(October 2011) A major review of the impact of contracting out calls into question the benefits of getting the private sector to deliver public services.
Researchers in Denmark examined the findings of 80 studies published since 2000 that analysed the impact of contracting out. They considered the evidence in terms of cost savings, impact on quality and outcomes for the employees affected. They also looked in particular at possible differences in results in relation to technical services and social services.
While the report found that the studies did reveal “minor cost savings” from contracting out, it points out that there is not enough evidence to show that these savings were achieved without a negative impact on quality.
A further reservation about any cost savings comes from the fact that most studies also fail to take account of the cost of the contracting out process – administrative, legal and transaction costs – or the costs of monitoring the contracts once they are awarded.
The researcher also found that the majority of studies are a snap-shot of a single and usually the first round of contracting and that there is some evidence that the relative advantage of using private companies disappears over time.
Some of the studies point to gains in public sector efficiency and attribute this to the competitive tendering process. In the light of this the researchers call for a genuine level playing field for public and private providers and of the need to ensure that a public sector monopoly is not simply replaced by a private sector one.
When comparing different service, the researchers acknowledge some cost savings with technical services (such as cleaning and waste management) but less evidence in relation to social services (such as elderly and child care, education and employment). This is particularly important for Denmark where there has been increased pressure for contracting out of social services. The report concludes that there is no research-related justification for such contracting out.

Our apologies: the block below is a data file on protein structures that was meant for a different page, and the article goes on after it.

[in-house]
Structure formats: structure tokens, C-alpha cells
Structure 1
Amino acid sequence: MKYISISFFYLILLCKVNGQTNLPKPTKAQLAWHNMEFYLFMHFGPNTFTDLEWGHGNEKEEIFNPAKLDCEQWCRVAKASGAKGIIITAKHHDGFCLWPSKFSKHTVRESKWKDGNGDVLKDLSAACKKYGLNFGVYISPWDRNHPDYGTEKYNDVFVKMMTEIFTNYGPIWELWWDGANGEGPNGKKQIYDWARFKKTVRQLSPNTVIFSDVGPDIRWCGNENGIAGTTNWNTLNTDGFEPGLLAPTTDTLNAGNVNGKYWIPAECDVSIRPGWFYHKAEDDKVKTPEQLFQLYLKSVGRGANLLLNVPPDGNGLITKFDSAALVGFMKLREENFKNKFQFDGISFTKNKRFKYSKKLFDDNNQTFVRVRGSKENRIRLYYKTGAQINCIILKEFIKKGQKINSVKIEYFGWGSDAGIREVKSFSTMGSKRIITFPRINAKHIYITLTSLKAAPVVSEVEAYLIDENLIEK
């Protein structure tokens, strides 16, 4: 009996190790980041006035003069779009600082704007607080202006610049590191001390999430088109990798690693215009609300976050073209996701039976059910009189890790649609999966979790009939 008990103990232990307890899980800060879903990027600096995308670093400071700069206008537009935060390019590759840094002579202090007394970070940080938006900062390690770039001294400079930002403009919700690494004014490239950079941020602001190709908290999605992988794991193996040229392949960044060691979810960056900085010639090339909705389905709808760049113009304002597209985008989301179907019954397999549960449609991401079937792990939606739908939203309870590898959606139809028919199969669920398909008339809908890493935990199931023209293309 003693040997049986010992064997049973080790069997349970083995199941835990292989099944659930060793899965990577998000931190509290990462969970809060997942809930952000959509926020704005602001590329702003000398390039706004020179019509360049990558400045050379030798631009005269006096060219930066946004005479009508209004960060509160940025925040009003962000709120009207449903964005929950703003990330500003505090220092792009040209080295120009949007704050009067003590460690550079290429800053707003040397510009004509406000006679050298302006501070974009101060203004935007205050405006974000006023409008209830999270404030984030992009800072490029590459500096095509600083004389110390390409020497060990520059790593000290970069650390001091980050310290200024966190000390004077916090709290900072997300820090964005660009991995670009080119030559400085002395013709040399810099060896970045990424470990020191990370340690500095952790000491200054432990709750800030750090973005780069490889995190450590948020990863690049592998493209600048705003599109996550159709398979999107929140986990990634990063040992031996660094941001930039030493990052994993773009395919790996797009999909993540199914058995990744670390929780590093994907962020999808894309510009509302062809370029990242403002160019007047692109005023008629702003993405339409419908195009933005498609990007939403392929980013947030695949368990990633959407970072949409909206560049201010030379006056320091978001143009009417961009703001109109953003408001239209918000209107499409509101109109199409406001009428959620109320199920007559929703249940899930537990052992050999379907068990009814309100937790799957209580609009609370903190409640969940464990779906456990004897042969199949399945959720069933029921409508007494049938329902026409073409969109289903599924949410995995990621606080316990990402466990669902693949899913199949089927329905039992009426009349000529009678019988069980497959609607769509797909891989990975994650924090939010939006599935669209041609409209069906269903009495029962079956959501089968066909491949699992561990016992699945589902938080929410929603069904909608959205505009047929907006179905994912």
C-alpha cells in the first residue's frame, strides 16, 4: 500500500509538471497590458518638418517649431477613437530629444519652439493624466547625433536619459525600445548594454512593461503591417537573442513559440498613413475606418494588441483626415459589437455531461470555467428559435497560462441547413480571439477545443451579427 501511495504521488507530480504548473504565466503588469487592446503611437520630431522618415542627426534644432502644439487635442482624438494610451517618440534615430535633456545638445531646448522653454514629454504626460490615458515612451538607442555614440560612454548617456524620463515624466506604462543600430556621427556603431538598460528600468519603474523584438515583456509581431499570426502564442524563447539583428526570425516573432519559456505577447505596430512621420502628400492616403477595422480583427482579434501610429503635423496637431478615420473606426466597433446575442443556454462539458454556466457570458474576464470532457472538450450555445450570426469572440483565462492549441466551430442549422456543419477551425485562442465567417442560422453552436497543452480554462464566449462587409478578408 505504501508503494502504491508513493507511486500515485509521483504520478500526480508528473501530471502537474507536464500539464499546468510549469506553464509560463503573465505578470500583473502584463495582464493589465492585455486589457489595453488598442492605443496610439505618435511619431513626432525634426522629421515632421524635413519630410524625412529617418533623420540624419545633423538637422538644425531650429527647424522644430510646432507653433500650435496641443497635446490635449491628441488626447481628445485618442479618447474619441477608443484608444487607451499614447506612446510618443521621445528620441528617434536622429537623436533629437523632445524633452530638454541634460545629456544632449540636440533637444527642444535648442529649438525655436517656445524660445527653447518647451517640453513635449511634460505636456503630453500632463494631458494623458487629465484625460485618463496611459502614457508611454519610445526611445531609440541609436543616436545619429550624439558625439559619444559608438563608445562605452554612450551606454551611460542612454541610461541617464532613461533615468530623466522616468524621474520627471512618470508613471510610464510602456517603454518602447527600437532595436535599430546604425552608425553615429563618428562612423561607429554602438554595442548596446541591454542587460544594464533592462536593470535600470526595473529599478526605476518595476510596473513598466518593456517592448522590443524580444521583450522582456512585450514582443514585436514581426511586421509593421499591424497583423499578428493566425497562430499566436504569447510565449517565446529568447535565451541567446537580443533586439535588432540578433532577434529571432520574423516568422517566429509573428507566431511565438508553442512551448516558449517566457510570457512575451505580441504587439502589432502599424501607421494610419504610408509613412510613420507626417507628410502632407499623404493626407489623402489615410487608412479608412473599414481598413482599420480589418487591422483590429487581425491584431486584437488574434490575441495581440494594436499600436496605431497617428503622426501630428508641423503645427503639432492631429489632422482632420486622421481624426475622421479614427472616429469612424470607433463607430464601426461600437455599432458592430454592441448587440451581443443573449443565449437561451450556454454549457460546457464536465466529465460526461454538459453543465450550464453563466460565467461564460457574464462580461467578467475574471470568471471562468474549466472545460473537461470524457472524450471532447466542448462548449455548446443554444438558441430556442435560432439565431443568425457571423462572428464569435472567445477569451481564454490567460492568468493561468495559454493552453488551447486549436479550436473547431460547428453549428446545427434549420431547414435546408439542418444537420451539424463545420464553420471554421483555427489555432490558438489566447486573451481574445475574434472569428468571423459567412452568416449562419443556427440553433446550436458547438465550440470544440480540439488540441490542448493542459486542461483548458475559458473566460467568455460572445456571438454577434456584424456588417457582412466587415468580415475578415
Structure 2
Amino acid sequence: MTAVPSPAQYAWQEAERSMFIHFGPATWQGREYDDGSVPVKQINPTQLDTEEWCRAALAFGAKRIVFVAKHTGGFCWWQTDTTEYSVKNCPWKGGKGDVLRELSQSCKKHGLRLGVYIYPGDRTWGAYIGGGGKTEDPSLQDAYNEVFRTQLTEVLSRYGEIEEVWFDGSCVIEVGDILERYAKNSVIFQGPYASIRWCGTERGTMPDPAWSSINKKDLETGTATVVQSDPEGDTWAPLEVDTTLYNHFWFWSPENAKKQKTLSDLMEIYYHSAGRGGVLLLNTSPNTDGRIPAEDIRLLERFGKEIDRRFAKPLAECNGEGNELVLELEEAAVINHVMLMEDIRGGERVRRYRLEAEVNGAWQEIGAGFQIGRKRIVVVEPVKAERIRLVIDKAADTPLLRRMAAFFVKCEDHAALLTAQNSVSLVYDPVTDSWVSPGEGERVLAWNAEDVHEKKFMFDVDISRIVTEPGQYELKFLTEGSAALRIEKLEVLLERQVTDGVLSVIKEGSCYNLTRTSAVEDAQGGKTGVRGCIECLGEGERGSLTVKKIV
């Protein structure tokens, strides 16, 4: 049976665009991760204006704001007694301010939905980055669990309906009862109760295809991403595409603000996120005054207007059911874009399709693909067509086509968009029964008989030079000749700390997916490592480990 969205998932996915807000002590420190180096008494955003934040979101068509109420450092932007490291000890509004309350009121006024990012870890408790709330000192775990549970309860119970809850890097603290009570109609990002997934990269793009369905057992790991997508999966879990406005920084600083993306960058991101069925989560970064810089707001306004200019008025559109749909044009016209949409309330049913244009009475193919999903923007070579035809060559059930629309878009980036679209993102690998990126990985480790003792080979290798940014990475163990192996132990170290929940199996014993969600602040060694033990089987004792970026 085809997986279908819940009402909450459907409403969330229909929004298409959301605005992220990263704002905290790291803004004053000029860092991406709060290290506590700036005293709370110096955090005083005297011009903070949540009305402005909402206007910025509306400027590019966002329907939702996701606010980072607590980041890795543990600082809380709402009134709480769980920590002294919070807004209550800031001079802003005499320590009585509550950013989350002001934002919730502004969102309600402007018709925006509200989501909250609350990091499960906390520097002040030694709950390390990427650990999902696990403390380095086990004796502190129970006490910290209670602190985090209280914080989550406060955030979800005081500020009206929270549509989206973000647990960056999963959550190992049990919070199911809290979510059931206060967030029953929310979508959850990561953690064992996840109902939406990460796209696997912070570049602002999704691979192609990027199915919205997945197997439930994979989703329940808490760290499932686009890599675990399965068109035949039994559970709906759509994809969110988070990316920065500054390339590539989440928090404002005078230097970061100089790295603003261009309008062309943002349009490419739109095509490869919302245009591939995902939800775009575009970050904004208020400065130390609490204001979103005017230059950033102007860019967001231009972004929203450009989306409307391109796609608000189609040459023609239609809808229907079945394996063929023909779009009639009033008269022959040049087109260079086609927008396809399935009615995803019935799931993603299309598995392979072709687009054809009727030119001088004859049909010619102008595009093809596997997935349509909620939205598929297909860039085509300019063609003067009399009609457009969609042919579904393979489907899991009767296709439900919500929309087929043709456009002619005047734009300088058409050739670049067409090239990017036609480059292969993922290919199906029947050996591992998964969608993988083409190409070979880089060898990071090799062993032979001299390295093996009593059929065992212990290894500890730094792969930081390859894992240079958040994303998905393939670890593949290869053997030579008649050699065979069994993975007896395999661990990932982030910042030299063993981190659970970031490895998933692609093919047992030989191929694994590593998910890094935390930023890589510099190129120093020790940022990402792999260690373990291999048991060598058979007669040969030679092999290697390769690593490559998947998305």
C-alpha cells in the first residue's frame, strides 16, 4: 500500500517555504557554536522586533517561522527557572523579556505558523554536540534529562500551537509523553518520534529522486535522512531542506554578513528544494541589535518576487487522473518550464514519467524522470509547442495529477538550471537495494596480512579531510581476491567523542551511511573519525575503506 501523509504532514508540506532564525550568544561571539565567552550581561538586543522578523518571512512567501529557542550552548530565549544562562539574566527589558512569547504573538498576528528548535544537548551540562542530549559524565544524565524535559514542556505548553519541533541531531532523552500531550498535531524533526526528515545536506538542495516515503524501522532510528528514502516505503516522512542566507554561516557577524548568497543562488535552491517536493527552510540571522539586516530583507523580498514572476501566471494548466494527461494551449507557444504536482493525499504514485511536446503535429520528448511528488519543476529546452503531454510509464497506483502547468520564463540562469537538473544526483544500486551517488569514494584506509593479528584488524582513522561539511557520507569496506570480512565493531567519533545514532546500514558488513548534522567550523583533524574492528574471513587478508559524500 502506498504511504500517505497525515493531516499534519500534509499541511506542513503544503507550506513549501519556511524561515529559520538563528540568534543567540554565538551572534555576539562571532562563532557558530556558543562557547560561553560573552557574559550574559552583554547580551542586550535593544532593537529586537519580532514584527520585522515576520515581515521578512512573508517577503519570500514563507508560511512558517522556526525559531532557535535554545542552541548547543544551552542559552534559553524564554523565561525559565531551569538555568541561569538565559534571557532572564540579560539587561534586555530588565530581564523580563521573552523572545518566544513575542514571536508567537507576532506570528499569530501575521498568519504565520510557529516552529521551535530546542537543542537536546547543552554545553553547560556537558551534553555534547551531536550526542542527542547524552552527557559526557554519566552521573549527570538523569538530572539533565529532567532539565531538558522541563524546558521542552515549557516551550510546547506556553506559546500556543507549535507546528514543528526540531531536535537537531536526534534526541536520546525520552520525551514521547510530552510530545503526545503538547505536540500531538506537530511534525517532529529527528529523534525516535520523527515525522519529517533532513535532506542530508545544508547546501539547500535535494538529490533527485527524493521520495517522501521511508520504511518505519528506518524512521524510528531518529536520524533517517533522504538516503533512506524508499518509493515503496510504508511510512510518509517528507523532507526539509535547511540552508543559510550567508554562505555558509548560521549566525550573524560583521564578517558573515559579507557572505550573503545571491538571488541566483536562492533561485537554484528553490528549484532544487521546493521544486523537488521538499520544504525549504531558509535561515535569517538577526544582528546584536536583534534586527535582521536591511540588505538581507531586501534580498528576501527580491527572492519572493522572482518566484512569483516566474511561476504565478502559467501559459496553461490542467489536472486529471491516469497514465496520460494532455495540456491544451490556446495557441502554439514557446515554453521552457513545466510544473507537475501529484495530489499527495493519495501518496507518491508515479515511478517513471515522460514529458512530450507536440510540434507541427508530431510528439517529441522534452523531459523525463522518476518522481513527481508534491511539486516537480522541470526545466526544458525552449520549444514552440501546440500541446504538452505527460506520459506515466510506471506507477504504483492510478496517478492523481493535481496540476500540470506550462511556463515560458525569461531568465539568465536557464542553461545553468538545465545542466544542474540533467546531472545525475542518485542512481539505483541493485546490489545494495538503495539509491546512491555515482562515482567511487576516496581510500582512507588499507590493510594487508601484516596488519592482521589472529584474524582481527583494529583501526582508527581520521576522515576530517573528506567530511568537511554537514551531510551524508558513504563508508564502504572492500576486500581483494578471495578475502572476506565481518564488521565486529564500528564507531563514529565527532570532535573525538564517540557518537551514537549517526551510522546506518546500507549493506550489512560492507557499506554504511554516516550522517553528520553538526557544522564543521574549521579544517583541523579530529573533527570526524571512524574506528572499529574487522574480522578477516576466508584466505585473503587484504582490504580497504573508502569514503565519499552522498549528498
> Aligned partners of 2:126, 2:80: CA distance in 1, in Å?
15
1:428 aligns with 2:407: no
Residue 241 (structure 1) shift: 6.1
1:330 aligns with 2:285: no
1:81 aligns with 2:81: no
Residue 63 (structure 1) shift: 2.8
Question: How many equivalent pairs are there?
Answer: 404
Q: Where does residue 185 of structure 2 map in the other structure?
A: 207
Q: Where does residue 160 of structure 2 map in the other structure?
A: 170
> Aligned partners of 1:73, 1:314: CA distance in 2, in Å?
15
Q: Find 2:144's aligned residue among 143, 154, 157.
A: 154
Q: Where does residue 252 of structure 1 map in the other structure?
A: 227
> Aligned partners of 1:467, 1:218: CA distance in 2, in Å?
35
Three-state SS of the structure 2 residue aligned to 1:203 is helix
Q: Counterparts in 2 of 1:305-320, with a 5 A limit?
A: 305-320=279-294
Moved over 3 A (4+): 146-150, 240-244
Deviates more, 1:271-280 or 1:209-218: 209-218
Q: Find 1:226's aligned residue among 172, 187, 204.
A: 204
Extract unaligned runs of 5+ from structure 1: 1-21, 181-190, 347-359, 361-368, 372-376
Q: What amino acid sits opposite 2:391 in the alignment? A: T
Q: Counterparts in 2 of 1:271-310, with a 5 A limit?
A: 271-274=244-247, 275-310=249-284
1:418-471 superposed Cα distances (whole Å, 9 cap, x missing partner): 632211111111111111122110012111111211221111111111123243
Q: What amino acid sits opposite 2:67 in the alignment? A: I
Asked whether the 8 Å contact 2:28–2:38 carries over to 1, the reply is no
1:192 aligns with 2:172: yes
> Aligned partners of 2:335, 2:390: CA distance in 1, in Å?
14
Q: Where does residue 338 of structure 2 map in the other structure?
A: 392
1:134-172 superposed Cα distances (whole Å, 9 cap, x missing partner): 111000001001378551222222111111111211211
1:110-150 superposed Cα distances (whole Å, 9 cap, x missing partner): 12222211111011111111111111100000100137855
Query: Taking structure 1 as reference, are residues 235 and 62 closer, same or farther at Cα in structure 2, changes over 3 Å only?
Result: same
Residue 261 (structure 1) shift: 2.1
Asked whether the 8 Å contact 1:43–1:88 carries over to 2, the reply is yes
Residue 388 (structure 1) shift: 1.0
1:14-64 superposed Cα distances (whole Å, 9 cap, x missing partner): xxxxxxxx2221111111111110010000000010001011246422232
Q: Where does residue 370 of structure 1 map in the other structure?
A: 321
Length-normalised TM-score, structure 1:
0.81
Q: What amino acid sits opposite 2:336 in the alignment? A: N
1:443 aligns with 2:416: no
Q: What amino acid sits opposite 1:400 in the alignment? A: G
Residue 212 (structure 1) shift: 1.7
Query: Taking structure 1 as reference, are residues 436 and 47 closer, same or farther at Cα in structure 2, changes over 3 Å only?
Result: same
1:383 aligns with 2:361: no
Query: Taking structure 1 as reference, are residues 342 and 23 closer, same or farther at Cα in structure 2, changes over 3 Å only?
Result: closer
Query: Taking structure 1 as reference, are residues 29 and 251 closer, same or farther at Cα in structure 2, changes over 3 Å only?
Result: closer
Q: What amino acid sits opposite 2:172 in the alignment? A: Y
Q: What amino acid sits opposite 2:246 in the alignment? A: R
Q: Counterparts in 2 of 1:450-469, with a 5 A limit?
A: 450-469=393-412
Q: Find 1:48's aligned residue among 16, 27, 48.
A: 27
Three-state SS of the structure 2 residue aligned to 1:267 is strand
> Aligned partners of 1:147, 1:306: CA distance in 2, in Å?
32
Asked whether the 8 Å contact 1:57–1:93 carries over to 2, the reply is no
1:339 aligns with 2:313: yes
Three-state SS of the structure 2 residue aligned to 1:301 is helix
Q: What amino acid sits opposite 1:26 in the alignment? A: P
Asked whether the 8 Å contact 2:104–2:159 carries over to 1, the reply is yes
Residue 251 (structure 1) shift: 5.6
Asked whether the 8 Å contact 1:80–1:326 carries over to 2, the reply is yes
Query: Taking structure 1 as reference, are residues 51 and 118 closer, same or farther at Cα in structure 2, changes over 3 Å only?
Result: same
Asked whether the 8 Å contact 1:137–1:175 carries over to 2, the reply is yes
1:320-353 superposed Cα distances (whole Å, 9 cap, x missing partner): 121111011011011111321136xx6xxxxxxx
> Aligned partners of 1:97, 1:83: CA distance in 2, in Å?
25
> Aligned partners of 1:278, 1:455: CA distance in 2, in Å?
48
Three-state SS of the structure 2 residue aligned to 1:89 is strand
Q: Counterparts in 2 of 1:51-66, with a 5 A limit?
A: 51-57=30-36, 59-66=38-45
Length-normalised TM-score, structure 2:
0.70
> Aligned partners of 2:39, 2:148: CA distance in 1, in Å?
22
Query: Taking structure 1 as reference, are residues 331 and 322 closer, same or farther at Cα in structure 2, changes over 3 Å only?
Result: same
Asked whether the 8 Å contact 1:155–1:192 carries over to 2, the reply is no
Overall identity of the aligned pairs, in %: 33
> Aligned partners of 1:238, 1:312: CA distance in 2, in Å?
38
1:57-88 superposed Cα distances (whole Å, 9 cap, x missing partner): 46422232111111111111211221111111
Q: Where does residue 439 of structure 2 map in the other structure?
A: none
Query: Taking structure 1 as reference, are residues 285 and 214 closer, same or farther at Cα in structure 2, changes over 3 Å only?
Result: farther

In terms of the impact on employees the studies show generally negative results. Contracting out tends to “a faster pace of working, lower job satisfaction, less job security, stress and burn-out.” It also suggests that the impact on pay and conditions is less significant in Denmark and Sweden than it is in other countries and this can no doubt be linked to the higher level of collective bargaining coverage in those two countries and the fact that contracted-out employees will be covered by sectoral agreements that are often comparable to those in the public sector.
The study points out that: “When a balance is drawn up of the total effects of contracting out, its advantages and disadvantages, it is crucial that long-term socioeconomic costs resulting from redundancies, physical deterioration, reduced job security, etc., are taken into consideration.”
Effects of contracting out public sector tasks - a research-based review of Danish and international studies from 2000–2011, Ole Helby Petersen, Ulf Hjelmar, Karsten Vrangbæk & Lisa la Cour